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What is Meat Substitute?

1: Tofu
Most meat substitutes are typically made of legumes like soy or peas, vegetables, and cereals. Those plants produce nearly as much protein as your body needs and can be combined to equal as much as you’d get from eating meat.

Tofu is the classic and most well-known meat substitute. It’s made from soybeans and has been used in Asia for centuries as an inexpensive, but healthy source of dietary protein.

It’s also low in calories and easily absorbs aromas and flavors from the spices and marinades you may use.

This makes it a versatile part of your diet. It’s meant to be eaten more like cheese – as a flavorful meal component all its own – though you can make some nice alt-meat products from it.

You make tofu by soaking soybeans, then mashing them with more water to make a puree. The next step is to filter the puree to separate the fibrous solids from the liquid part.

Heat the liquids to just below boiling points so it curdles, making the solid tofu in much the same way as cheese is made. You then press the tofu into slabs and cut it into whatever shape you wish – usually simple rectangles. The fibrous solid part of the puree, called okara, can be dehydrated and used as alt-meat chunks or mince.

Tofu comes in extra-firm, firm, soft, or silken. You can also press even more water from it before cooking for a crispier product.

Some recipes call for it to be patted dry before cooking. Make sure you follow your recipe to get the most flavor from your tofu.

Silken tofu is great for smoothies, while extra-firm can be fried or grilled like regular meat.

One cup of tofu usually contains about 188 calories, 20 grams of protein, 12 grams of fat, 868 milligrams of calcium, 13 milligrams of iron, and 0.7 grams of fiber.

One thing to look for is a non-GMO product or certified organic. According to a 2016 study, about 82 percent of the world’s soybean farms grow genetically modified organisms (GMOs).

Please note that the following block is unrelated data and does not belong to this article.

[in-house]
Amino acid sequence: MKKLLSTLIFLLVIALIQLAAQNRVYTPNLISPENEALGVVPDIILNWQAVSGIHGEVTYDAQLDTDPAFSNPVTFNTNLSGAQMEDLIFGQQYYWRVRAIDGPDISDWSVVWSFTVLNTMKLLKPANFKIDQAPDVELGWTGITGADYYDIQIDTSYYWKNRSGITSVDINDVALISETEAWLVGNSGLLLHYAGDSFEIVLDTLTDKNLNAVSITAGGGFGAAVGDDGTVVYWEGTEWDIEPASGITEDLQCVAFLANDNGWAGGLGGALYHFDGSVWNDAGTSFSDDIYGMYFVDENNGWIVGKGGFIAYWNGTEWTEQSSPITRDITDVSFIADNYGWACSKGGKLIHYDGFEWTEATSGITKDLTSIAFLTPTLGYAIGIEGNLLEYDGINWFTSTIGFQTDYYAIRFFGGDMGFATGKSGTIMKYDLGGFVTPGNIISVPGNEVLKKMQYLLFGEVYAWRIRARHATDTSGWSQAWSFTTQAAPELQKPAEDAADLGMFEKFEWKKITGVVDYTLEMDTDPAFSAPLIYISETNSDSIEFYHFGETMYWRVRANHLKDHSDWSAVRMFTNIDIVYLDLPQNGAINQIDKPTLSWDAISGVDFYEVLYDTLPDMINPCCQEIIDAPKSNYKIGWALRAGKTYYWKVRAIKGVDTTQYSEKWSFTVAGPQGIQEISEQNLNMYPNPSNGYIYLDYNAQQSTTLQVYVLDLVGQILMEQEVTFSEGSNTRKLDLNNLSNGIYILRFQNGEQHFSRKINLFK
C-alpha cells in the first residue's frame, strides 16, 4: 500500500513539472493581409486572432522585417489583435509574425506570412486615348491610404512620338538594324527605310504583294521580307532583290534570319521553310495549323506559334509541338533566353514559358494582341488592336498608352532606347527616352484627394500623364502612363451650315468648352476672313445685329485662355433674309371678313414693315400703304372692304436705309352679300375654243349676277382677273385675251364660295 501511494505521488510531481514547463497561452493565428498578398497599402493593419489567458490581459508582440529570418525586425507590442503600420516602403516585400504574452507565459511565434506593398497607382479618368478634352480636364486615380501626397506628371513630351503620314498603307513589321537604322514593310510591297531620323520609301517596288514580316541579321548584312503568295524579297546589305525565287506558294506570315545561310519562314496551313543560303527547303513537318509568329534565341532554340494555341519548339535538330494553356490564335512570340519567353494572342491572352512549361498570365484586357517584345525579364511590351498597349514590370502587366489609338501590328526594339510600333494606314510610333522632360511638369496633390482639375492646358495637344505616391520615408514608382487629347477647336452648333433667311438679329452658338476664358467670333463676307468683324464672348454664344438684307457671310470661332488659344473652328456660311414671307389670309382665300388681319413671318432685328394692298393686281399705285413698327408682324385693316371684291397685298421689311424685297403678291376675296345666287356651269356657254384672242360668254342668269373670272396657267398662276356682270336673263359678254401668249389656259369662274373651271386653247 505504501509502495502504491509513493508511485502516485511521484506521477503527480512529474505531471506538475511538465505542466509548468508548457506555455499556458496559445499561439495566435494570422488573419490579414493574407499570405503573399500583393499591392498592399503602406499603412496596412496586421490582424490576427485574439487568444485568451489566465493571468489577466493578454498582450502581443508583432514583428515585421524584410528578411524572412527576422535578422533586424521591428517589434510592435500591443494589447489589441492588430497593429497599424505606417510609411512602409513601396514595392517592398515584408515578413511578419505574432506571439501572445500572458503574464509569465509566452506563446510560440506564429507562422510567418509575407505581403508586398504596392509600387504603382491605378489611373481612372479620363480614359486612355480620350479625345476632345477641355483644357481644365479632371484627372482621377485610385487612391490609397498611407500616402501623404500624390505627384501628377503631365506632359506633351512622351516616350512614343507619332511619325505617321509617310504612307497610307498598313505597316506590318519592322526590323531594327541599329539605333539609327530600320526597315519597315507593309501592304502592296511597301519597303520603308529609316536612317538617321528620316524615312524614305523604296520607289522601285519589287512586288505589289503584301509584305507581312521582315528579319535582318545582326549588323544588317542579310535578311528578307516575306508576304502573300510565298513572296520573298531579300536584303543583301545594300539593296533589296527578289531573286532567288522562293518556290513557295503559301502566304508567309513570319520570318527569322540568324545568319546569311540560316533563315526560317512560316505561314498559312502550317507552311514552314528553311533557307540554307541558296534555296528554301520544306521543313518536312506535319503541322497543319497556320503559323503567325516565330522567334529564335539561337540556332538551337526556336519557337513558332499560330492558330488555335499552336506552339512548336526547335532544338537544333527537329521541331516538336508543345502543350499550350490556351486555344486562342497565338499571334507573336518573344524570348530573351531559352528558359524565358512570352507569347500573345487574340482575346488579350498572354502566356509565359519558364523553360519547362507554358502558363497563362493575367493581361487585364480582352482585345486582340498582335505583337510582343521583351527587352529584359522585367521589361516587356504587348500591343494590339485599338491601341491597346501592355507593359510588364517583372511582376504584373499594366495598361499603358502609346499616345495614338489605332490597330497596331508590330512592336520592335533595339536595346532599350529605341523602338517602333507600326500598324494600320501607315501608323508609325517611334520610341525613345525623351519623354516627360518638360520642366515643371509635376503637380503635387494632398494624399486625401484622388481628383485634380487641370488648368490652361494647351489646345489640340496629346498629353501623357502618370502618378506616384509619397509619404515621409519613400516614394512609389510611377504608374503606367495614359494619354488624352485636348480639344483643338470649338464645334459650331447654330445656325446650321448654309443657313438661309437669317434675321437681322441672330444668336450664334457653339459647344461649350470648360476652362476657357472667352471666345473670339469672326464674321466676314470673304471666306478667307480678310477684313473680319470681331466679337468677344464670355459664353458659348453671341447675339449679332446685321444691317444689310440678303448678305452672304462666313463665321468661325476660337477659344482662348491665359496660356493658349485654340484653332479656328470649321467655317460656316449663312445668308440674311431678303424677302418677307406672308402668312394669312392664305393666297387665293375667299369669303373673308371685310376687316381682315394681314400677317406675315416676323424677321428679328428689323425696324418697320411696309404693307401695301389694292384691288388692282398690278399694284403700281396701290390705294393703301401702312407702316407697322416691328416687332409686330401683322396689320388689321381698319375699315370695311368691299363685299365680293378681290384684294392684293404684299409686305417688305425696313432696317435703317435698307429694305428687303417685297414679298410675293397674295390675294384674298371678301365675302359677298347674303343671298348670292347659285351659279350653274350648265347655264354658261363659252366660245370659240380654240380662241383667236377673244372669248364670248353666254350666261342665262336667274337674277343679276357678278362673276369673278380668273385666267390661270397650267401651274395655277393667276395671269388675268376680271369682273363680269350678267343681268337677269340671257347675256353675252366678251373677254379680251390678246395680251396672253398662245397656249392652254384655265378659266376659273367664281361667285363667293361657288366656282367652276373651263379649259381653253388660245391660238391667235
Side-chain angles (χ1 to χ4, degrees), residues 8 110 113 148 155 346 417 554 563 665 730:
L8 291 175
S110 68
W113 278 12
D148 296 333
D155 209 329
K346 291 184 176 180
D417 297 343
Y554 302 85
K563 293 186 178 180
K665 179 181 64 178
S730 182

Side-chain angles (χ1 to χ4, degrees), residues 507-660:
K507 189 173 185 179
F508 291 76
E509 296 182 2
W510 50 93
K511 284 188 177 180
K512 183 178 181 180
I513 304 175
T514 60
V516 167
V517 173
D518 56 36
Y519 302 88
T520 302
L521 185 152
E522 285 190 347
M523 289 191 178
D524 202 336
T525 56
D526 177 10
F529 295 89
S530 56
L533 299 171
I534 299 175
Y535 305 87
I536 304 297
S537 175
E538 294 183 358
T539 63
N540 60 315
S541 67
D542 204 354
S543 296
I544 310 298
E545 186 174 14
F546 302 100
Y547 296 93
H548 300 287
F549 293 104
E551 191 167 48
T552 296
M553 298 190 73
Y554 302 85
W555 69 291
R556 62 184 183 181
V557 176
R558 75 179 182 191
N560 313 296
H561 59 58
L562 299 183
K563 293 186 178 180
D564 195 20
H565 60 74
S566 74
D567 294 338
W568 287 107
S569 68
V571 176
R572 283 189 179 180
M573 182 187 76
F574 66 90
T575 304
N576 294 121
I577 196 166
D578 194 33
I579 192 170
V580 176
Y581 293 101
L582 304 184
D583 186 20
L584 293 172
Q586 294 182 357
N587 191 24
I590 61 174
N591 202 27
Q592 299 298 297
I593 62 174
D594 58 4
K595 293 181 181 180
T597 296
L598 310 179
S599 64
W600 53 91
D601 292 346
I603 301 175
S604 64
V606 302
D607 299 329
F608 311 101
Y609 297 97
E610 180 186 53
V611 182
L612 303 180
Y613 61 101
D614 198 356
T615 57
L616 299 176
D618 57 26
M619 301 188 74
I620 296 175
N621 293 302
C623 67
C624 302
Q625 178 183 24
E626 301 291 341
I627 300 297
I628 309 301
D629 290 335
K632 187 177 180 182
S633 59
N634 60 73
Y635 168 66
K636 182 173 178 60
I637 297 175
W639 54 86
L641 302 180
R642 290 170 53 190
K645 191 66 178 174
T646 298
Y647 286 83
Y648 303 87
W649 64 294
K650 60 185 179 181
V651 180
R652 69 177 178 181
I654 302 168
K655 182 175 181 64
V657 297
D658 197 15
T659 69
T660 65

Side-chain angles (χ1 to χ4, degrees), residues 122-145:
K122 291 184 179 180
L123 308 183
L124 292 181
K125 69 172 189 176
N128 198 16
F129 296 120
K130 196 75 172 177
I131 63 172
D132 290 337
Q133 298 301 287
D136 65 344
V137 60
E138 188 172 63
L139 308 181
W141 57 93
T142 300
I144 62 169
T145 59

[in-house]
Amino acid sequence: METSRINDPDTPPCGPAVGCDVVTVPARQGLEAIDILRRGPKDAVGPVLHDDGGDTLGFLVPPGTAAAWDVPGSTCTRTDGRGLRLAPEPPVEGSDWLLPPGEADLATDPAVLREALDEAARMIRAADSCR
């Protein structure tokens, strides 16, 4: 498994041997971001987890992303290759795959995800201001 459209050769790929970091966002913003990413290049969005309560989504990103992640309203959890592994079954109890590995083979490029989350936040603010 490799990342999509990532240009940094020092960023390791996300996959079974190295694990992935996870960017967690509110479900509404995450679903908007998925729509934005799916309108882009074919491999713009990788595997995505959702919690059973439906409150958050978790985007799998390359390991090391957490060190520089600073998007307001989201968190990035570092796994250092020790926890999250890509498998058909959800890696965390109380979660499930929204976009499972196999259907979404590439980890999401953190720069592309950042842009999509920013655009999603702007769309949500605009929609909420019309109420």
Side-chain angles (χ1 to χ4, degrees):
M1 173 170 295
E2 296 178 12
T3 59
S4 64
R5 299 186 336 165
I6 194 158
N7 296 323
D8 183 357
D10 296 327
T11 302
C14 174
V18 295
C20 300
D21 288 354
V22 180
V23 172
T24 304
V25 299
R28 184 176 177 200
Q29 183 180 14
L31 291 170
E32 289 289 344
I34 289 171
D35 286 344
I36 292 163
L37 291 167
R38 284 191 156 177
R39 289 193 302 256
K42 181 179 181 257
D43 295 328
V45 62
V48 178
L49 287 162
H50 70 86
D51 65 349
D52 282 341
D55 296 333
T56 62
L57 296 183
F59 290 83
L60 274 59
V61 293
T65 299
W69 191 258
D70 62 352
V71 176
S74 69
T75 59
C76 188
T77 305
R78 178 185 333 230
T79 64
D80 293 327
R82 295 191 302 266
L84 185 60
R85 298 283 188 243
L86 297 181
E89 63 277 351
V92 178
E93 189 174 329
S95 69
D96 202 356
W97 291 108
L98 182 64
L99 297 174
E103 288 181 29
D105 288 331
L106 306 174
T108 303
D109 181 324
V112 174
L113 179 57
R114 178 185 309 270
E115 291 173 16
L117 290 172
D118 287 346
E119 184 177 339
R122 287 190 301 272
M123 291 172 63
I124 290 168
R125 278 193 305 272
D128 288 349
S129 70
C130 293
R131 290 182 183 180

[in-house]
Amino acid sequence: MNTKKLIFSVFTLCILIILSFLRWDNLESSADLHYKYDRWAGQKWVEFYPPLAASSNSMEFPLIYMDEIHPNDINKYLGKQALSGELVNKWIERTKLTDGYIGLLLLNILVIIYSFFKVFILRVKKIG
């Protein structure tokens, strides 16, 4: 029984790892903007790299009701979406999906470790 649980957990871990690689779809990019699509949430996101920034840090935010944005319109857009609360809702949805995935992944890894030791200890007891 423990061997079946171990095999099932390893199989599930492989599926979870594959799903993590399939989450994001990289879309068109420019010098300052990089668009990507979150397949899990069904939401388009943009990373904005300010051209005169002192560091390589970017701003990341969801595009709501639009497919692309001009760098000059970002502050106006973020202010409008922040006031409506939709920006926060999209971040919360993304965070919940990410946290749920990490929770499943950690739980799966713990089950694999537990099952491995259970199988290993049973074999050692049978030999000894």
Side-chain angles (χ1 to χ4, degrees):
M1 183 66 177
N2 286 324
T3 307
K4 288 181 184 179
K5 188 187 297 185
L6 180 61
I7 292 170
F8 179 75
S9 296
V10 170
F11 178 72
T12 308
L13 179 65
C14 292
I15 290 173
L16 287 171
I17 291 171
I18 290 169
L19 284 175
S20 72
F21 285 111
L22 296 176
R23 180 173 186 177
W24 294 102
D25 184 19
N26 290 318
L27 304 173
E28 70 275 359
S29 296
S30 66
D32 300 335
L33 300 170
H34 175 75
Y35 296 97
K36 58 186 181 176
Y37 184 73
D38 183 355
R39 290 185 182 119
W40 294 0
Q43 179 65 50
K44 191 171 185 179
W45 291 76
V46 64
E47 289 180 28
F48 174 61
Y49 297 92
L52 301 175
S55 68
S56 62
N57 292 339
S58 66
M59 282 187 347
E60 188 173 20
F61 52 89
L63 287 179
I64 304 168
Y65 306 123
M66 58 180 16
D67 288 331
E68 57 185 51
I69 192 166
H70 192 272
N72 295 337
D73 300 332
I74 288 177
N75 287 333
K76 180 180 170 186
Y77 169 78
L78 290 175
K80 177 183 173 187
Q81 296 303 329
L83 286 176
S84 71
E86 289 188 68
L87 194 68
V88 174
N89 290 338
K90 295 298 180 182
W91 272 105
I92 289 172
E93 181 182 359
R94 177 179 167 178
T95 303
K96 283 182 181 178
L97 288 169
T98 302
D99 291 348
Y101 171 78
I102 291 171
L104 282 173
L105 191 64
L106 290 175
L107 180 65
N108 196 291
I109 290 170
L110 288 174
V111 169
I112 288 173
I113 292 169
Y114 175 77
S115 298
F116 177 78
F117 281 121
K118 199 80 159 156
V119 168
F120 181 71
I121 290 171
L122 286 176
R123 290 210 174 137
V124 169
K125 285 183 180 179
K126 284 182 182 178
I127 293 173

Many consumers are leery of GMOs since we haven’t been eating them for very long and don’t know the long-term consequences of such products.

Soy is what’s called a complete protein, meaning it contains all nine needed amino acids. It’s usually fortified with Vitamin B12, which isn’t found in plant-based proteins.

Note that soy does contain natural phytoestrogens, so you shouldn’t eat it more than once or twice a week.

If you’re pregnant or have had a hormone-related cancer, talk to your doctor before eating tofu because the natural hormone might cause severe problems.


2: TVP

Soy Protein or Textured Vegetable Protein (TVP) – Dehydrated soybeans can be mixed with water to make an inexpensive, healthy meat substitute.

Soy protein is usually sold as mince, chunks, cutlets, or balls. Like tofu, it easily absorbs odor and flavor from the other ingredients you’re cooking with it. This protein is ideal as replacement for meat patties, meatballs, cutlets, and meat sauces like chili or bolognese.

Soy protein is low in sodium and does have some fiber. It also contains magnesium, iron, phosphorous, and calcium.

This product is usually more highly processed than some of the other meat substitutes, so read the nutrition label carefully before you buy. Make sure you’re getting only soy in your substitute.

A one-cup (dry) serving of TVP or soy protein contains about 222 calories, 35 grams of protein, 0.83 grams of fat, 164 milligrams of calcium, 6.3 milligrams of iron, and 12 grams of fiber. It’s also a good source of magnesium and some of the B vitamins.

Soy is a high-protein plant, however the isolating factor in making the protein isolate strips away many of its natural nutrients.

Be sure to look for organic or non-GMO products to avoid pesticide concentration from the extraction process.

Also find out where your soy product is coming from. Soy farming is responsible for most of the deforestation in Brazil, for example, and we should set an example that we don’t want that occurring.

3: Tempeh

Tempeh is also made from the versatile soybean. It’s a traditional Indonesian food made from fermenting the whole beans.

Like cheese, tempeh uses the action of special bacteria to break down some of the bean proteins and make them more easily digestible by human beings.

Tempeh has a drier texture with around 20 percent protein, and is high in fiber, which makes it ideal for a meat substitute.

Various grains and other beans can also be incorporated with the tempeh to give it a heartier flavor and texture. It does have a subtle tangy flavor with a nutty aftertaste, so tempeh isn’t for everyone. You can grill, fry, sauté, or bake it – and try it in a lettuce wrap or grain bowl. It’s especially good as a barbecue meat substitute.

The fact that tempeh is fermented also helps maintain a healthy gut bacteria environment, like eating yogurt. It’s also high in calcium and antioxidants, and its high manganese content may help regulate blood sugar. It’s usually low in sodium as well.

Since it’s so high in fiber, you need to incorporate it into your diet more slowly, to avoid bloating and gas.

One cup of tempeh usually contains about 319 calories, 34 grams of protein, 18 grams of fat, 184 milligrams of calcium, 4.5 milligrams of iron, and is a good source of magnesium and Vitamin B6.

Check the nutrition label with tempeh. If it’s had grain added, people with celiac disease or gluten sensitivity should avoid that variety and look for another preparation. It’s also not for those with soy allergies, of course. It’s great for a dairy-free or lactose-intolerant diet because of the added calcium.